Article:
Author, “How to Work a Room”
Senior Financial Writer, Capital Group
Give a financial advisor a calculator — or spreadsheet — and they’ll feel right at home. But hand them a cocktail and toss them in a party with strangers, and some degree of uncertainty might set in.
It’s natural, but doesn’t have to be that way. Some simple techniques can help advisors — even those who identify as introverts — turn any meeting into an opportunity to make new connections, says Susan RoAne, author of “How to Work a Room®” and a former schoolteacher in Northern California in an interview with Capital Group®. RoAne gives presentations to advisors and companies on how to improve socializing skills.
“To those people who think, ‘I hate networking.’ Don’t say that anymore,” RoAne says. “Stop networking, start socializing. Socialize with people so that they feel a social connection to you.”
Here’s one tip you can use right away. How to deal with the uncomfortable silence in a social setting. This might happen at a party when you’re chatting with people you don’t know or even with a client in the office. What’s the way out of this situation? RoAne says there are magic words that work every time: “Tell me more.” Just asking the person you’re talking about to explain more opens angles of discussion and also lets “that person have the stage,” she says. Earnestly looking to learn more about what interests the person you’ve met may help you form a connection.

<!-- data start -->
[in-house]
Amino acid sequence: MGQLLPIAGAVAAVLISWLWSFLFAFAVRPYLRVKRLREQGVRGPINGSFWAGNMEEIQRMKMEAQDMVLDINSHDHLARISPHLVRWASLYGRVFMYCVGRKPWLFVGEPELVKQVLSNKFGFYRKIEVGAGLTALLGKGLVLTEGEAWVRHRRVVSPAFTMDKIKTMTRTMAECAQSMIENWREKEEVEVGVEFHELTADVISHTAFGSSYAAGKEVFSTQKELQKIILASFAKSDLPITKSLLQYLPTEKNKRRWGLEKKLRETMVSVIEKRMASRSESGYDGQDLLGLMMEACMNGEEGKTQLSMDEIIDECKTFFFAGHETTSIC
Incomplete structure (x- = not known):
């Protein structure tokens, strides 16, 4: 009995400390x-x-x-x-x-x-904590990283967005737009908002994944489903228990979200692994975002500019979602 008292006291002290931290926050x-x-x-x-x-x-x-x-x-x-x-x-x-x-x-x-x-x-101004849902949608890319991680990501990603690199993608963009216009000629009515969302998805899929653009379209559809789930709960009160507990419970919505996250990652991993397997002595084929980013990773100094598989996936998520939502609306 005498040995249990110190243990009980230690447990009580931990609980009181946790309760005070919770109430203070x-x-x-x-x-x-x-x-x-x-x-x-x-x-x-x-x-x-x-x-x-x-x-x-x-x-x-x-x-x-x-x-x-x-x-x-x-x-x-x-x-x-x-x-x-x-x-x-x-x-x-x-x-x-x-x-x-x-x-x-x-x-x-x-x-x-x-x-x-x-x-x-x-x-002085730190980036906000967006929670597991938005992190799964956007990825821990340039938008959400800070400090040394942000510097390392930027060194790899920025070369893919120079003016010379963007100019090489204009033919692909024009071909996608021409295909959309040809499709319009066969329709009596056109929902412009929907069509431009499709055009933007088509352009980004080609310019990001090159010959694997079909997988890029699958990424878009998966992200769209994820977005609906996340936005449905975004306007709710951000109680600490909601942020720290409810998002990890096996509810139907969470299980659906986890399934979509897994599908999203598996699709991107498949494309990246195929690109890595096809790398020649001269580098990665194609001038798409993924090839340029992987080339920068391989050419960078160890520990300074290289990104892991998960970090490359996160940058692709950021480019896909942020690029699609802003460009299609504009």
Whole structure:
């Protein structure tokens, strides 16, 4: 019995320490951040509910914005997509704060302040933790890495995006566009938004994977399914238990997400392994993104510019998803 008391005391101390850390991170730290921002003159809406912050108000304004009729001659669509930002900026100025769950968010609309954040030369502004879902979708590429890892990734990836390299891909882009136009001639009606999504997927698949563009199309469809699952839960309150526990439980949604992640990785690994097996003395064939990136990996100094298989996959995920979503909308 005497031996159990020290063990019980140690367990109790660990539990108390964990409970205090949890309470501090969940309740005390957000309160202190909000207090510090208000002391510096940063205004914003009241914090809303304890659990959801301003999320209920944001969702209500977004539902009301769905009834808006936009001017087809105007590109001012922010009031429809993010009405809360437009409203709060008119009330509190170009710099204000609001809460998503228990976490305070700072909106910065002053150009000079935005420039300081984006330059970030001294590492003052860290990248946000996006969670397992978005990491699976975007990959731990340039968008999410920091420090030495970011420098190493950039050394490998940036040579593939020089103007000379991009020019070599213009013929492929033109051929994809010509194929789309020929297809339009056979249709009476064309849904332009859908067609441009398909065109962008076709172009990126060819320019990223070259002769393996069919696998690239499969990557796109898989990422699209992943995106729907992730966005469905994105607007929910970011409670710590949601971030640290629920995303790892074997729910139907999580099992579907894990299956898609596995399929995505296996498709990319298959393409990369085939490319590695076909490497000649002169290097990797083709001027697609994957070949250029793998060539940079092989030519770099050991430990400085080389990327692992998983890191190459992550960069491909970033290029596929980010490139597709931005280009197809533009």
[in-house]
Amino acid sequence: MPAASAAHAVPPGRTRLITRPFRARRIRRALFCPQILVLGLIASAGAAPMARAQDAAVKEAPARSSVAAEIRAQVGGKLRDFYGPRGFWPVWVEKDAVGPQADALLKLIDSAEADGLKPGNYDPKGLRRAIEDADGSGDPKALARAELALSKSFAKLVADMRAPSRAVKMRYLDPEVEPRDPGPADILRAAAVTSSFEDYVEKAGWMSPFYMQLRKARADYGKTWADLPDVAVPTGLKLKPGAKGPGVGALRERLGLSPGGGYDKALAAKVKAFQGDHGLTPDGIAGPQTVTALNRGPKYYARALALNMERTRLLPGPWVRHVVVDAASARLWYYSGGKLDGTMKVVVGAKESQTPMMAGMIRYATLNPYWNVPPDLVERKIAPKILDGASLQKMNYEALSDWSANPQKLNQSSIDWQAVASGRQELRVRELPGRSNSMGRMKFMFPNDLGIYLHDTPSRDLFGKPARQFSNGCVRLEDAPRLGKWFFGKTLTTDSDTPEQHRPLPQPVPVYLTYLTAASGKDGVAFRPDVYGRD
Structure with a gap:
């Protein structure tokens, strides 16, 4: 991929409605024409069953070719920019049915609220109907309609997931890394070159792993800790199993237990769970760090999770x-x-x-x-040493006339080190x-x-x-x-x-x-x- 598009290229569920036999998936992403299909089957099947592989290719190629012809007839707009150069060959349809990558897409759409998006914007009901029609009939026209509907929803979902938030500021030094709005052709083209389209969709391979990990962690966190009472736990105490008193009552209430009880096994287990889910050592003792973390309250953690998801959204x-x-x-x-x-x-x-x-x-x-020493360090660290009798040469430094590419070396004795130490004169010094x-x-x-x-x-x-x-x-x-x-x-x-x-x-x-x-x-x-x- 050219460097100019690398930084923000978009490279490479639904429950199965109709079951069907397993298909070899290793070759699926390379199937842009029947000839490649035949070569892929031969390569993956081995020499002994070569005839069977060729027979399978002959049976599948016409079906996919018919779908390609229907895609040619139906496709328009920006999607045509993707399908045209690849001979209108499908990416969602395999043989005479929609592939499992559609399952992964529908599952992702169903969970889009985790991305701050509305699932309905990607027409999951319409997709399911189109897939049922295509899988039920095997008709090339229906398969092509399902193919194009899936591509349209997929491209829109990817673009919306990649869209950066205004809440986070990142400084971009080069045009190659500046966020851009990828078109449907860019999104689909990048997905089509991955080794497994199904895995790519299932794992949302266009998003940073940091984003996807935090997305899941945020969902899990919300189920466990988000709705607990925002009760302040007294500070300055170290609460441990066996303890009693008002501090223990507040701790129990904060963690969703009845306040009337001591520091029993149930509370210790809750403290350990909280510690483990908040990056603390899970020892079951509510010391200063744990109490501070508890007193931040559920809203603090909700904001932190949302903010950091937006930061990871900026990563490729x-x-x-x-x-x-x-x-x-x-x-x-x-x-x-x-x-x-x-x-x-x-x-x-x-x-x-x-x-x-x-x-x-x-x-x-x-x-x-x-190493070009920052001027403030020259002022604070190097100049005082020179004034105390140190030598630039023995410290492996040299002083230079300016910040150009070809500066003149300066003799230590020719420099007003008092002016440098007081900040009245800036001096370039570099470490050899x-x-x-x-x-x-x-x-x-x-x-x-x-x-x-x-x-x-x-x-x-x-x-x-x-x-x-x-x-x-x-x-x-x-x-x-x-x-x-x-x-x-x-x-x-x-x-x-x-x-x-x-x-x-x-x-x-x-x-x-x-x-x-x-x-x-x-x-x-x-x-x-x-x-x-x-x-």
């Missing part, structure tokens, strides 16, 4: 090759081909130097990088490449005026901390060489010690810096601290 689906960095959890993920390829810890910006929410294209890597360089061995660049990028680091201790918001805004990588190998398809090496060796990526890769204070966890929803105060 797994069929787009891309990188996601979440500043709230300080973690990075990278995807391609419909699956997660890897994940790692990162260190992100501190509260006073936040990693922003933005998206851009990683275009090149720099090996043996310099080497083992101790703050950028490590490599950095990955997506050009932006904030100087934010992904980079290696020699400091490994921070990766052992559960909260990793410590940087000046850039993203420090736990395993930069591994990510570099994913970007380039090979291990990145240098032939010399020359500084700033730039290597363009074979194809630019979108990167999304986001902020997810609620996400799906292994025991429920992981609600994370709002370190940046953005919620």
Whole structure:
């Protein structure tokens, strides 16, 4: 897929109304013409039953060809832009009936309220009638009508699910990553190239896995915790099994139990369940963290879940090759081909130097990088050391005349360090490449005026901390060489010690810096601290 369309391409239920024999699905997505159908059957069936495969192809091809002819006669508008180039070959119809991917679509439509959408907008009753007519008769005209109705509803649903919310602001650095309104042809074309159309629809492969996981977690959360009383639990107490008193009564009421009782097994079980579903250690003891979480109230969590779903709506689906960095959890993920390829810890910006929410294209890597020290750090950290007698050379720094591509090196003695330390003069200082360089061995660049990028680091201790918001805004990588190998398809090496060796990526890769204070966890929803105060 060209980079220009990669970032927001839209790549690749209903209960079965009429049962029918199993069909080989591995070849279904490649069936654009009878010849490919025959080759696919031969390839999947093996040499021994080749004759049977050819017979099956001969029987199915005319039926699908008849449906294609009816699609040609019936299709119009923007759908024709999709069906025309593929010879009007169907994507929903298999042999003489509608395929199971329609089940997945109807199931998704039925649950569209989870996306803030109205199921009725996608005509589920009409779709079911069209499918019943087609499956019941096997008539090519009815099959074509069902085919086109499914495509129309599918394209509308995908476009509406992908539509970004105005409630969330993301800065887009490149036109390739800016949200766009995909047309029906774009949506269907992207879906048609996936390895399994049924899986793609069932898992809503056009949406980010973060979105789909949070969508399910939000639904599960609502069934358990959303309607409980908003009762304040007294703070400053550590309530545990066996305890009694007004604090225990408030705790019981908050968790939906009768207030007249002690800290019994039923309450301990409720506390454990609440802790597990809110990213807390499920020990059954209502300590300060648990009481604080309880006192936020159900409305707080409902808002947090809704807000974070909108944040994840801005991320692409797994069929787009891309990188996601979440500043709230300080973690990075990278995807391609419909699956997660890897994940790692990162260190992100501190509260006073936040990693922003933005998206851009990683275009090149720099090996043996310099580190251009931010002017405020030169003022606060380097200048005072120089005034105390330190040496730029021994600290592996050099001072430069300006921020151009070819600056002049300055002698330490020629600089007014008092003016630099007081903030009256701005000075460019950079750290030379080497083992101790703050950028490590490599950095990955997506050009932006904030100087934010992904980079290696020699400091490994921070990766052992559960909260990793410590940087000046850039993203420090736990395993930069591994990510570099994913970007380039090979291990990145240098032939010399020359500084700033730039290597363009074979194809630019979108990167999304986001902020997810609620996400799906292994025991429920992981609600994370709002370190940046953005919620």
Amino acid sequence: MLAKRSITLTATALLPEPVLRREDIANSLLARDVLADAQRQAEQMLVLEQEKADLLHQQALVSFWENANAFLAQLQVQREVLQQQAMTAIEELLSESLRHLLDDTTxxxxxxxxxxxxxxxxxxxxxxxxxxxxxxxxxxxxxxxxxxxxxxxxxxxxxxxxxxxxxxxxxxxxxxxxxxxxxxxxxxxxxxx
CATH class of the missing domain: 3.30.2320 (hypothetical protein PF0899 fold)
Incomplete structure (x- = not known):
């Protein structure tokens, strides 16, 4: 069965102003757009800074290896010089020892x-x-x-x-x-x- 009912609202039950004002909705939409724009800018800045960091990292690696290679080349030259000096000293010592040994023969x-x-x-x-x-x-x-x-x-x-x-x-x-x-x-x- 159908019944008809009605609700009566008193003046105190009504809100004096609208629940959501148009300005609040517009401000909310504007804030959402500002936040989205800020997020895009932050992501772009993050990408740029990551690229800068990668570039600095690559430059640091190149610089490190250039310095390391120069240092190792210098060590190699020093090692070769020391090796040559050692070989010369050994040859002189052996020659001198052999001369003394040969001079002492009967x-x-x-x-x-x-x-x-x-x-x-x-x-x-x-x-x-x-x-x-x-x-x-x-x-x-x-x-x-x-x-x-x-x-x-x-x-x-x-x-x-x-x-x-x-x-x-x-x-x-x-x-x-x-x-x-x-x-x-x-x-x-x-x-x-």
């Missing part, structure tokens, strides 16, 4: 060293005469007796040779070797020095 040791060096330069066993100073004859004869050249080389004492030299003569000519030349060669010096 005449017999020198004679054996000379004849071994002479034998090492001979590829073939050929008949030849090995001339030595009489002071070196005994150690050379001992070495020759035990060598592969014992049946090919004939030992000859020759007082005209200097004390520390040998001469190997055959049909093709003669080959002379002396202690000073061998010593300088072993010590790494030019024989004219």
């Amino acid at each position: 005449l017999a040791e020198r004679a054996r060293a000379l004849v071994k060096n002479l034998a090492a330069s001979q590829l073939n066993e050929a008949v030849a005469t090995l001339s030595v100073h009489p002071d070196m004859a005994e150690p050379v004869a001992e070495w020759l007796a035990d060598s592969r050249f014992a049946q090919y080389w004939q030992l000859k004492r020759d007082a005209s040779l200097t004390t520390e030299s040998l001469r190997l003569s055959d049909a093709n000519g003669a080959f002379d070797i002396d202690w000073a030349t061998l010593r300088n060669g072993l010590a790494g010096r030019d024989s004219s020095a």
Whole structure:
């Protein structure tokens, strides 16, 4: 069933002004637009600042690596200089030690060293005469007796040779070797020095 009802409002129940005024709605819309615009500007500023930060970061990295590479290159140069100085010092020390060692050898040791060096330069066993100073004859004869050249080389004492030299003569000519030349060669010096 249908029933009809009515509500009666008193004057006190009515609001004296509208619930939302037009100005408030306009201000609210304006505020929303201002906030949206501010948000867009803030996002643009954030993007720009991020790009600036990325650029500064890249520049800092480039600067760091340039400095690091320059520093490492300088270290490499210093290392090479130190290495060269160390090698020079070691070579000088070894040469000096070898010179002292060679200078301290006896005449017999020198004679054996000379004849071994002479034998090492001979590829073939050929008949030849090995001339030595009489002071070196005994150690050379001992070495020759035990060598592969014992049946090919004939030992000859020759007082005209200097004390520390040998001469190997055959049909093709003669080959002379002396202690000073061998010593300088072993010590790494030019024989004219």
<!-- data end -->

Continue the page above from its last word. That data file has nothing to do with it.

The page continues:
The same method applies, too, when you hit a lull in a face-to-face conversation with a client in your office, even if the client is unhappy about something you’ve done. “These are the tricky situations,” she says. Just say “why don’t you tell me about it?” Being concerned and interested can cool the situation and put you in a position to help — and even strengthen the relationship.
That’s just one suggestion to turn conversations with people into something you enjoy. Here are several more from RoAne, including:
Many advisors try to “forge trust,” RoAne says. “I don’t know that you can really forge it,” she says. “Trust is built over time, not overnight.”
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